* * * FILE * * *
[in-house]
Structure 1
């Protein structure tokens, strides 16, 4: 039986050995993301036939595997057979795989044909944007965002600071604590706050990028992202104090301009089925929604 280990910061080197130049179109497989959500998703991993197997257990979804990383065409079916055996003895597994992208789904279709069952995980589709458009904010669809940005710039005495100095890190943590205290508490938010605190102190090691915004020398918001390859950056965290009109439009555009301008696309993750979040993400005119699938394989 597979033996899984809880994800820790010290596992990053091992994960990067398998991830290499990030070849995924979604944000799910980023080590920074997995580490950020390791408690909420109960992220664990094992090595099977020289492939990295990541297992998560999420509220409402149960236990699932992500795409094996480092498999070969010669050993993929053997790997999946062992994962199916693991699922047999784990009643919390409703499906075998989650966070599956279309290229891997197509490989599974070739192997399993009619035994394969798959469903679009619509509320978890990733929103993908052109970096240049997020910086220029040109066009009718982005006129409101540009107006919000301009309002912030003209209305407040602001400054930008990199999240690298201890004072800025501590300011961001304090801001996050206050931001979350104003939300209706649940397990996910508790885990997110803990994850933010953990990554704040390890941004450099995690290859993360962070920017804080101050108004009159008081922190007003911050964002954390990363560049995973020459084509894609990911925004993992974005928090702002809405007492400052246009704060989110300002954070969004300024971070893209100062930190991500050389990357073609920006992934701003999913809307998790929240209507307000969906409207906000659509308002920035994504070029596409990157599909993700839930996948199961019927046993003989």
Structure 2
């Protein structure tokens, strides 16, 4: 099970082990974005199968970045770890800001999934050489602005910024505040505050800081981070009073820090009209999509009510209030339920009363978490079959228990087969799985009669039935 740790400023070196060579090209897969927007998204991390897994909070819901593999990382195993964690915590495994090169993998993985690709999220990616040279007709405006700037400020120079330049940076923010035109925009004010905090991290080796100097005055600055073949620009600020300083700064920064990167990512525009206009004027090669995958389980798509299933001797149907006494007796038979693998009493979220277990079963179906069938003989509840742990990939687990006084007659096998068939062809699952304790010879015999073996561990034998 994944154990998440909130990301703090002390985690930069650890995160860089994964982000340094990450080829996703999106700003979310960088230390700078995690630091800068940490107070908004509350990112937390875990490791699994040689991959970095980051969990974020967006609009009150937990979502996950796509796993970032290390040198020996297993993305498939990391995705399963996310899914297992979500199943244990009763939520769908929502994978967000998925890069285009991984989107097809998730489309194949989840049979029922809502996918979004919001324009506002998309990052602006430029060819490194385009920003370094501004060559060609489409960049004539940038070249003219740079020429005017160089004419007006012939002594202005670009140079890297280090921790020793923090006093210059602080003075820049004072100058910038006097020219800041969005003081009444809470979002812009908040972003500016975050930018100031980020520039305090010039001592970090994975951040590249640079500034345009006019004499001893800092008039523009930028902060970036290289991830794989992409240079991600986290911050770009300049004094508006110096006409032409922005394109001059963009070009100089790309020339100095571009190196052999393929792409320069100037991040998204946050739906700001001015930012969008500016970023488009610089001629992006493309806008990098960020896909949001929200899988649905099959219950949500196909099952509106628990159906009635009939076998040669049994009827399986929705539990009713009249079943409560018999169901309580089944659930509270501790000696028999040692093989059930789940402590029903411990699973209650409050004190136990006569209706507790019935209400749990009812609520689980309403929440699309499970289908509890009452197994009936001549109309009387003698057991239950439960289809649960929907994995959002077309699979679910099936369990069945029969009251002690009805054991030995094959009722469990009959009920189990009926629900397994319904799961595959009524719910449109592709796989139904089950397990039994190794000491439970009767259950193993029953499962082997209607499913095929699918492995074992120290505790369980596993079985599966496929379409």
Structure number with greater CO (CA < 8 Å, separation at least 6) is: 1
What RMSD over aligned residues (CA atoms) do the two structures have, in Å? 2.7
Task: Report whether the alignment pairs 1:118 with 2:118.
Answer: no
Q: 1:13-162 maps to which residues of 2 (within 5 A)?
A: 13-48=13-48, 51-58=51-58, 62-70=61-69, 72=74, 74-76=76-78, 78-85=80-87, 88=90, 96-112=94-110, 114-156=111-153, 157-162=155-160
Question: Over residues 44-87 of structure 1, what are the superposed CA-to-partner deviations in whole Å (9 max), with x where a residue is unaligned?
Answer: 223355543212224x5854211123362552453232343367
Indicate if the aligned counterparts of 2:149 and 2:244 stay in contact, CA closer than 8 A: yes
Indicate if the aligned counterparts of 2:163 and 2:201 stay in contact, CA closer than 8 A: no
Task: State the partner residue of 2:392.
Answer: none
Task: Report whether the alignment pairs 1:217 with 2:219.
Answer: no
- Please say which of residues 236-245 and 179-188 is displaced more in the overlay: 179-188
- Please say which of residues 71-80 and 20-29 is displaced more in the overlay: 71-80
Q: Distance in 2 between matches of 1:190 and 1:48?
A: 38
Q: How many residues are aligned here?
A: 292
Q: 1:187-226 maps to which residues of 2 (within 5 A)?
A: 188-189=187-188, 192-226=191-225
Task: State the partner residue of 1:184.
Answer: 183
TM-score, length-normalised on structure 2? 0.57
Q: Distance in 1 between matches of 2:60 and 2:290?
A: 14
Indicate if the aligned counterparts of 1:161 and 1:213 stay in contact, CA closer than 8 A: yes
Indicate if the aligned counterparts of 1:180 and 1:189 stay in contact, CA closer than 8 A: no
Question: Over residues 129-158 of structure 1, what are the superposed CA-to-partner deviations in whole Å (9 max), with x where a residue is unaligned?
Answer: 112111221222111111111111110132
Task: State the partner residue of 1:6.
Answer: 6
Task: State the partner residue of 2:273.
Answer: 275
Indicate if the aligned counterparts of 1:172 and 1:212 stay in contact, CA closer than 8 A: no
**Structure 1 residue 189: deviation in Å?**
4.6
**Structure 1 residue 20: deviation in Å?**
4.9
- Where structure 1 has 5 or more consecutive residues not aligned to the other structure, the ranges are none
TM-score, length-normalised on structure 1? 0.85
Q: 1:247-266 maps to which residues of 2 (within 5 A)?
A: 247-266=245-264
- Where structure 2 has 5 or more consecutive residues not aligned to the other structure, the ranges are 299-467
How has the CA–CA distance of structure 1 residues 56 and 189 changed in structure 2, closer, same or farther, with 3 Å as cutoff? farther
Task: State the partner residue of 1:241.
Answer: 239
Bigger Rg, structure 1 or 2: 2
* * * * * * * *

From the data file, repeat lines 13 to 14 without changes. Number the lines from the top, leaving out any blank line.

Answer: 223355543212224x5854211123362552453232343367
Indicate if the aligned counterparts of 2:149 and 2:244 stay in contact, CA closer than 8 A: yes